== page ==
UEFA calls on European leaders to help regulate transfer market

UEFA President Aleksander Ceferin speaks during the 13th Extraordinary UEFA Congress in Geneva, Switzerland, Wednesday. (Reuters)
Updated 20 September 2017
0

UEFA calls on European leaders to help regulate transfer market

GENEVA: UEFA President Aleksander Ceferin has called for greater support from Europe’s political leaders to help introduce measures to regulate the transfer market on the continent.
“I have heard some very prominent politicians, such as the German Chancellor Angela Merkel just a few days ago, condemning financial developments in football and calling for greater sporting balance,” Ceferin said in a speech to open the UEFA Congress in Geneva on Wednesday.
“To all the European politicians, let me say that we cannot agree more, but I cannot say that you have done much to help us set things straight so far.
“We are open to any and all reforms that would serve the good of the game. We are imaginative and we are committed, and we are just waiting for the green light from those who... have yet to enable us to put it right.”
Hoping to be elected for a fourth term in legislative elections this weekend, Merkel recently criticized French giants Paris Saint-Germain’s spending in the summer transfer window as they committed the two biggest fees in history to sign Neymar from Barcelona for €222 million ($264m) and Kylian Mbappe from Monaco for €180 million.
“Such sums are comprehensible to no one. UEFA and FIFA should readjust the rules on player transfers to ensure greater balance. Otherwise, the transfer fees threaten to rise further,” Merkel said.
UEFA earlier this month said they had opened an investigation into whether PSG had broken their rules on Financial Fair Play which are designed to stop clubs spending more than they earn.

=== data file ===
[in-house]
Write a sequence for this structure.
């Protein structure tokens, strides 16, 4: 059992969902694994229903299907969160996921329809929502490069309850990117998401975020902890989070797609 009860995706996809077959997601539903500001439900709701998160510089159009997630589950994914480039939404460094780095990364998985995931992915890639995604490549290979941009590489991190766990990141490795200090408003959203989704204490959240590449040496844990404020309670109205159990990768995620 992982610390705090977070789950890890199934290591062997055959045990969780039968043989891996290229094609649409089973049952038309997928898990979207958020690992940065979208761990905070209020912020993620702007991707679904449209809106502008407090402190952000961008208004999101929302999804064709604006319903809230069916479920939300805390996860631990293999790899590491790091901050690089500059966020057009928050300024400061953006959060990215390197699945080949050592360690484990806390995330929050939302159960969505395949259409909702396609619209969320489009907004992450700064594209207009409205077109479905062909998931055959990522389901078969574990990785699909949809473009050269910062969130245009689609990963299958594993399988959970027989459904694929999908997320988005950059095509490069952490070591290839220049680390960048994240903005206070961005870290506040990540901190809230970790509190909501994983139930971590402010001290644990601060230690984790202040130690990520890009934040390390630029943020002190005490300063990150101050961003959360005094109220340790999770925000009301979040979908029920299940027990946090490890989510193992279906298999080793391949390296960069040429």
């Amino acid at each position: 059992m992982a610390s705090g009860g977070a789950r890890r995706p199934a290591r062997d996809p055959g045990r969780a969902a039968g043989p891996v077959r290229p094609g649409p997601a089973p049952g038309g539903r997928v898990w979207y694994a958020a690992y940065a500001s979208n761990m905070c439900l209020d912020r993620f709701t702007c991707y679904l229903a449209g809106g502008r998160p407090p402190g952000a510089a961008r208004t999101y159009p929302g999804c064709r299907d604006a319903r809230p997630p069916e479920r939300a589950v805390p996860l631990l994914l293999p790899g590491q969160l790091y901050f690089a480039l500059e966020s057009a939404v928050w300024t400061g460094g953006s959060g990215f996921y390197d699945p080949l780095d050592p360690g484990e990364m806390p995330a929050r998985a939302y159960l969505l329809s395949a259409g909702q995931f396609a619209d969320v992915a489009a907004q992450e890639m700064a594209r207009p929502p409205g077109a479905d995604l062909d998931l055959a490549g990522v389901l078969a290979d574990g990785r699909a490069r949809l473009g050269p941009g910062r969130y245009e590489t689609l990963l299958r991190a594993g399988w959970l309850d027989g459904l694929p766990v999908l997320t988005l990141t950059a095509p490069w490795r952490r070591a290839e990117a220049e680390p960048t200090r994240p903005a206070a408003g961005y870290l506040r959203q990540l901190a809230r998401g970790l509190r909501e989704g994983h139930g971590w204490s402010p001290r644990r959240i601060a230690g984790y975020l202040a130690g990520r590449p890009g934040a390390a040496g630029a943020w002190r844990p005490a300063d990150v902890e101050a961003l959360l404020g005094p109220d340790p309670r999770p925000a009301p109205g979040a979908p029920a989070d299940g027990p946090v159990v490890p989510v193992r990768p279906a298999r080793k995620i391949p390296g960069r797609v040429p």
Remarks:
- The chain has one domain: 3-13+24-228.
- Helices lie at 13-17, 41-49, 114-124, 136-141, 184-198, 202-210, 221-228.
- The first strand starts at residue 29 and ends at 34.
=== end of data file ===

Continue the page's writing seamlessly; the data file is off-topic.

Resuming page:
Europe’s top clubs spent record sums in the transfer window that closed at the end of August, with English Premier League sides – fueled by enormous income from television rights deals — splashing out £1.4 billion ($1.8 billion) in total.
Stating his confidence that the situation will soon change, Ceferin added: “If European and national legislation were to allow it, we could envisage with more guarantees, and greater certitude, a whole arsenal of concrete measures to make the game fairer and better regulated, and improve its ethics and solidarity.”
Among the measures Ceferin floated to stop the chasm between the continent’s richest clubs and the rest from further widening are salary caps, luxury taxes, squad limits and limits on player loans.


Zlatko Dalic and Croatia's World Cup success proves path to glory can start in the Middle East

Updated 17 July 2018
0

Zlatko Dalic and Croatia's World Cup success proves path to glory can start in the Middle East

  • Dalic's success in Russia could pave way for more unknown, hungry managers to coach in the region
  • Croatian's time at Al-Hilal and Al-Ain crucial in his education and development as a coach

MOSCOW: Not only did Zlatko Dalic take Croatia all the way to the World Cup final but he also proved that a route to top-level coaching can start in the Middle East, that is according to Khalin Ghadin of the Saudi Pro League.
Dalic was little known when he took charge of the Croatia team in October last year, replacing Ante Cacic who was axed on the eve of their final World Cup qualification match.